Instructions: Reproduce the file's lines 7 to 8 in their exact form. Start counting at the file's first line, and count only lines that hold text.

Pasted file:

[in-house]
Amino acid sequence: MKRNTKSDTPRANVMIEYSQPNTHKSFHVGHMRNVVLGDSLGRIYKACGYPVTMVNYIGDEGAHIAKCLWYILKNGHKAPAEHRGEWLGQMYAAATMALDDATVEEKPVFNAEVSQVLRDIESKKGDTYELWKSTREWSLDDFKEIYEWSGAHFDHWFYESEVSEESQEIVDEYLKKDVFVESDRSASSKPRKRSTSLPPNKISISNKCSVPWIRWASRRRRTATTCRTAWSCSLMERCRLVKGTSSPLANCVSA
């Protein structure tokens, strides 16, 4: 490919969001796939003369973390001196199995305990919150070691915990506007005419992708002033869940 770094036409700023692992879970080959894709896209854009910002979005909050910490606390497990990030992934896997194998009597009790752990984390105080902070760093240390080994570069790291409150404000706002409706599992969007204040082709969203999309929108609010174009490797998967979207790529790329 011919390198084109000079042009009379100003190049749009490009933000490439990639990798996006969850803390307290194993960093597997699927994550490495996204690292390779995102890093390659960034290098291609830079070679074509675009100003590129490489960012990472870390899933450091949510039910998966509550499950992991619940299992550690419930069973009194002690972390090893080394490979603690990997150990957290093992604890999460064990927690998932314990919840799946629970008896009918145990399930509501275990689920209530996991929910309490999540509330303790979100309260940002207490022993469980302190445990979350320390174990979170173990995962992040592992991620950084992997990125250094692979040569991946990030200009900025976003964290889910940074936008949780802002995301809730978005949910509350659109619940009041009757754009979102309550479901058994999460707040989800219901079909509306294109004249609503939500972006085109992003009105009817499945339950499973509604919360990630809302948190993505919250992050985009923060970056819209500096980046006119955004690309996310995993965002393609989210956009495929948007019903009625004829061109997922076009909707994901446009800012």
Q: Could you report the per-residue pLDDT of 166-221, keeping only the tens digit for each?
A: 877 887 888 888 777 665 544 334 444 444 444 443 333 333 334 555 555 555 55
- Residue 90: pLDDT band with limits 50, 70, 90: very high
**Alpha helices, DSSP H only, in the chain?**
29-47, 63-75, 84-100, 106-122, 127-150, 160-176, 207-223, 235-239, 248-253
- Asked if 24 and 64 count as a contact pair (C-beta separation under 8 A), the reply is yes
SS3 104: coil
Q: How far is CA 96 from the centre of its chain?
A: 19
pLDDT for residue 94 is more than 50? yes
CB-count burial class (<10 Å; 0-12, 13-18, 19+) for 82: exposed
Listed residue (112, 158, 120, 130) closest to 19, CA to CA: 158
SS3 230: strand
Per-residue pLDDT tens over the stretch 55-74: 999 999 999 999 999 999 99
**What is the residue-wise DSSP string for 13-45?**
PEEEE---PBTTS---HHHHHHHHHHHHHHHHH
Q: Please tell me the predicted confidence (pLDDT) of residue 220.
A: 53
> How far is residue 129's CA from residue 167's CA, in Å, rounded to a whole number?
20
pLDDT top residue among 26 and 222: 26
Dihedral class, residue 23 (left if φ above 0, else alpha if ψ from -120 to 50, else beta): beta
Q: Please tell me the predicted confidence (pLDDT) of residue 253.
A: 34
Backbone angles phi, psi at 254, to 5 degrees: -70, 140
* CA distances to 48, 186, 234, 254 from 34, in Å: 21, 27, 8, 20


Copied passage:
**Alpha helices, DSSP H only, in the chain?**
29-47, 63-75, 84-100, 106-122, 127-150, 160-176, 207-223, 235-239, 248-253